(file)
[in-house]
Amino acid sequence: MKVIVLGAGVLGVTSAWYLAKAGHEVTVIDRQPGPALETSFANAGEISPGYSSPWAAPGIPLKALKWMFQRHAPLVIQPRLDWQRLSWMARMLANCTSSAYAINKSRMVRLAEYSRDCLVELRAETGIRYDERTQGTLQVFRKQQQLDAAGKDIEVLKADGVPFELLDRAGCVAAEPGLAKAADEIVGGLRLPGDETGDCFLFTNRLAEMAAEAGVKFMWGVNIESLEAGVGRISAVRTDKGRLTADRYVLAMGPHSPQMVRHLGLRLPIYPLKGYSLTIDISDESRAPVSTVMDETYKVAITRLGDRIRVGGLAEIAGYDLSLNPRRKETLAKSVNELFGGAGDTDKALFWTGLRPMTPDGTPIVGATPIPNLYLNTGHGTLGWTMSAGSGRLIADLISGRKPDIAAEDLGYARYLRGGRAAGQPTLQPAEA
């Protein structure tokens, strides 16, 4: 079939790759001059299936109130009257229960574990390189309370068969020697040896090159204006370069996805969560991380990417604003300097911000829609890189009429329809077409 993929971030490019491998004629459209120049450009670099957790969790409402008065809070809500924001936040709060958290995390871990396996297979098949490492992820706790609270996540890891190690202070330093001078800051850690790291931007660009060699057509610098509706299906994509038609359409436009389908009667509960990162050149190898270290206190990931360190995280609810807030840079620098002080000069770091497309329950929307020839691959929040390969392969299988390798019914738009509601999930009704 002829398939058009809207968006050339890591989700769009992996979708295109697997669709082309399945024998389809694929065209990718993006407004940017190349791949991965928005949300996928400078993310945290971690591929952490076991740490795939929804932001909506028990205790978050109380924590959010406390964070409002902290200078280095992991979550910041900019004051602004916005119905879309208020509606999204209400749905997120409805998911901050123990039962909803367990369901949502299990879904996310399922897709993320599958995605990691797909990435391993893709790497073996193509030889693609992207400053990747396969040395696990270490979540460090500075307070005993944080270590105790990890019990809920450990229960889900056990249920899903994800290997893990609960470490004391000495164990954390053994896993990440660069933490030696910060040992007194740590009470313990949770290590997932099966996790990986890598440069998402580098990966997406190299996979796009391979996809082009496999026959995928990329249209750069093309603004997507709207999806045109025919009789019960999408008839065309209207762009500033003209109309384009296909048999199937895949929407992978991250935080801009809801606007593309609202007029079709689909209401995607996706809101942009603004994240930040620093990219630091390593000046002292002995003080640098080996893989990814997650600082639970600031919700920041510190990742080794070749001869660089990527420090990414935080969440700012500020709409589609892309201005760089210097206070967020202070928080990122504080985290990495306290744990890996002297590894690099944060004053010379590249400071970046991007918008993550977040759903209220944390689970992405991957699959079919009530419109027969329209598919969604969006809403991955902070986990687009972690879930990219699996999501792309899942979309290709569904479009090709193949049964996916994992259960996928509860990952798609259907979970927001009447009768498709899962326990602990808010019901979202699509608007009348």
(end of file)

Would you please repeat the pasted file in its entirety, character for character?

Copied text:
[in-house]
Amino acid sequence: MKVIVLGAGVLGVTSAWYLAKAGHEVTVIDRQPGPALETSFANAGEISPGYSSPWAAPGIPLKALKWMFQRHAPLVIQPRLDWQRLSWMARMLANCTSSAYAINKSRMVRLAEYSRDCLVELRAETGIRYDERTQGTLQVFRKQQQLDAAGKDIEVLKADGVPFELLDRAGCVAAEPGLAKAADEIVGGLRLPGDETGDCFLFTNRLAEMAAEAGVKFMWGVNIESLEAGVGRISAVRTDKGRLTADRYVLAMGPHSPQMVRHLGLRLPIYPLKGYSLTIDISDESRAPVSTVMDETYKVAITRLGDRIRVGGLAEIAGYDLSLNPRRKETLAKSVNELFGGAGDTDKALFWTGLRPMTPDGTPIVGATPIPNLYLNTGHGTLGWTMSAGSGRLIADLISGRKPDIAAEDLGYARYLRGGRAAGQPTLQPAEA
């Protein structure tokens, strides 16, 4: 079939790759001059299936109130009257229960574990390189309370068969020697040896090159204006370069996805969560991380990417604003300097911000829609890189009429329809077409 993929971030490019491998004629459209120049450009670099957790969790409402008065809070809500924001936040709060958290995390871990396996297979098949490492992820706790609270996540890891190690202070330093001078800051850690790291931007660009060699057509610098509706299906994509038609359409436009389908009667509960990162050149190898270290206190990931360190995280609810807030840079620098002080000069770091497309329950929307020839691959929040390969392969299988390798019914738009509601999930009704 002829398939058009809207968006050339890591989700769009992996979708295109697997669709082309399945024998389809694929065209990718993006407004940017190349791949991965928005949300996928400078993310945290971690591929952490076991740490795939929804932001909506028990205790978050109380924590959010406390964070409002902290200078280095992991979550910041900019004051602004916005119905879309208020509606999204209400749905997120409805998911901050123990039962909803367990369901949502299990879904996310399922897709993320599958995605990691797909990435391993893709790497073996193509030889693609992207400053990747396969040395696990270490979540460090500075307070005993944080270590105790990890019990809920450990229960889900056990249920899903994800290997893990609960470490004391000495164990954390053994896993990440660069933490030696910060040992007194740590009470313990949770290590997932099966996790990986890598440069998402580098990966997406190299996979796009391979996809082009496999026959995928990329249209750069093309603004997507709207999806045109025919009789019960999408008839065309209207762009500033003209109309384009296909048999199937895949929407992978991250935080801009809801606007593309609202007029079709689909209401995607996706809101942009603004994240930040620093990219630091390593000046002292002995003080640098080996893989990814997650600082639970600031919700920041510190990742080794070749001869660089990527420090990414935080969440700012500020709409589609892309201005760089210097206070967020202070928080990122504080985290990495306290744990890996002297590894690099944060004053010379590249400071970046991007918008993550977040759903209220944390689970992405991957699959079919009530419109027969329209598919969604969006809403991955902070986990687009972690879930990219699996999501792309899942979309290709569904479009090709193949049964996916994992259960996928509860990952798609259907979970927001009447009768498709899962326990602990808010019901979202699509608007009348």